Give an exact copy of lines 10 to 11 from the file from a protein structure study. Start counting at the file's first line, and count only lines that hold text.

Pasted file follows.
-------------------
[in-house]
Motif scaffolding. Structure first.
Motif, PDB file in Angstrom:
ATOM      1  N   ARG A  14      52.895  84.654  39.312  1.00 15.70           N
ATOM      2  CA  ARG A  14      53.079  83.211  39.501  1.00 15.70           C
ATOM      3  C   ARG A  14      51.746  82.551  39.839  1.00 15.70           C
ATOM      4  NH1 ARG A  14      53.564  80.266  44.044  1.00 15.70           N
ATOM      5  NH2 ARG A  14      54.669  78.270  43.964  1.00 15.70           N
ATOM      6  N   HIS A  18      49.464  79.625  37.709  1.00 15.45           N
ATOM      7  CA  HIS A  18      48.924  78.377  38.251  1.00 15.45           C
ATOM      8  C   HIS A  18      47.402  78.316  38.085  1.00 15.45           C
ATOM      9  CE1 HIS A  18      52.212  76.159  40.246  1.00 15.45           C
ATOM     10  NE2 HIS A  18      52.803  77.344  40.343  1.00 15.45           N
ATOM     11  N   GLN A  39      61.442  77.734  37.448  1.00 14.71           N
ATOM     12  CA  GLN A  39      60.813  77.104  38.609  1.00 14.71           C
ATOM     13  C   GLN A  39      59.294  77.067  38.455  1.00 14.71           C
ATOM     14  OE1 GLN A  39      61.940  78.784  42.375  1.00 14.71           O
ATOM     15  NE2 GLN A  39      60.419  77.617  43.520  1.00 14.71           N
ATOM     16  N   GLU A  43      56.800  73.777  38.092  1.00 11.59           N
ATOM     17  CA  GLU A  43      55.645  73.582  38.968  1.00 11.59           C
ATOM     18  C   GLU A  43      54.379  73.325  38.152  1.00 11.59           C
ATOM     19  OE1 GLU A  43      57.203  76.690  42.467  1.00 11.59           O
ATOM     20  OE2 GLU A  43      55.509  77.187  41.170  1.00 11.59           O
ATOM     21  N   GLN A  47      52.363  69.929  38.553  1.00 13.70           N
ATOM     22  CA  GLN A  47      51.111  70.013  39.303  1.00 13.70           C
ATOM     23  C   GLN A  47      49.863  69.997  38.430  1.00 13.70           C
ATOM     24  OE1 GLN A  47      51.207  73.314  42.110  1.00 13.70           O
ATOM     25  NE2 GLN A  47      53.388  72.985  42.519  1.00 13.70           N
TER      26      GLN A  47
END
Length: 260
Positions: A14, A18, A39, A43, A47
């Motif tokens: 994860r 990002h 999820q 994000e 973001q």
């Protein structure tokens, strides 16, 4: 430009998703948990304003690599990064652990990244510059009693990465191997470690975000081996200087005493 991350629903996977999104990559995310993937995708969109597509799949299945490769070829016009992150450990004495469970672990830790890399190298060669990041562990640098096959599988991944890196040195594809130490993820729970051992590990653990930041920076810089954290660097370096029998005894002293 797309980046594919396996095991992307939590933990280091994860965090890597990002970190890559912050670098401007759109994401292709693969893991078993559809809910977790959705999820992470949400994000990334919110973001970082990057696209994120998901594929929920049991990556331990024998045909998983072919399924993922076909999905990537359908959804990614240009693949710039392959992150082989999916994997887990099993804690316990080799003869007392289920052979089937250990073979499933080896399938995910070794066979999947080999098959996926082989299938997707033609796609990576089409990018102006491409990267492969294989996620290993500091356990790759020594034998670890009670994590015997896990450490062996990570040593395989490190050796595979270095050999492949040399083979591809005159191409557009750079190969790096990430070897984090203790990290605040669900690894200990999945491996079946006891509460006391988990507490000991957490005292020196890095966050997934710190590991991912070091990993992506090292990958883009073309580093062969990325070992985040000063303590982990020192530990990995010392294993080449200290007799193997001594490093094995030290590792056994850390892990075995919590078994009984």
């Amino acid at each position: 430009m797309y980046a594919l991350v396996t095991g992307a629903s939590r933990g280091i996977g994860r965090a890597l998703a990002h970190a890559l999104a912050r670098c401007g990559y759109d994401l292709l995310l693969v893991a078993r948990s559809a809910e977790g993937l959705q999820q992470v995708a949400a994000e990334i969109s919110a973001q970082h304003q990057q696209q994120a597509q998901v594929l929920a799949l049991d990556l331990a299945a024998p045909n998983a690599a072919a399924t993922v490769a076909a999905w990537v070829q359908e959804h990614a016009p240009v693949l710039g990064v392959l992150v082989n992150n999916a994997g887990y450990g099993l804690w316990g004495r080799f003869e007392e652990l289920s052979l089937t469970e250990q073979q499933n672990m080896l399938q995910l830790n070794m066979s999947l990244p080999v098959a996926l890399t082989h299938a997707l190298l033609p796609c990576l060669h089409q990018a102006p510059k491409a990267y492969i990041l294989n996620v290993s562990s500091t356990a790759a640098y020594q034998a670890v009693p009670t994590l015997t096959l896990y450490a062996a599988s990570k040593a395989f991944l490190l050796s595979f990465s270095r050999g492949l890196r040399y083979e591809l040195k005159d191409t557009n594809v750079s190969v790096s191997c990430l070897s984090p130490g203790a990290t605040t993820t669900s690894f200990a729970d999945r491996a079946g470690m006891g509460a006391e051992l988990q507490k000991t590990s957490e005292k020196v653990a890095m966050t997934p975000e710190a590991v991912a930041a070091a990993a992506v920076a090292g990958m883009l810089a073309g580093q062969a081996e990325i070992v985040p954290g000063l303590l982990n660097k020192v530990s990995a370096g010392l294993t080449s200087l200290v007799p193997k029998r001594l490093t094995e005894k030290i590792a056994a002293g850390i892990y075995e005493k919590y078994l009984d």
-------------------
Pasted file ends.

ATOM      7  CA  HIS A  18      48.924  78.377  38.251  1.00 15.45           C
ATOM      8  C   HIS A  18      47.402  78.316  38.085  1.00 15.45           C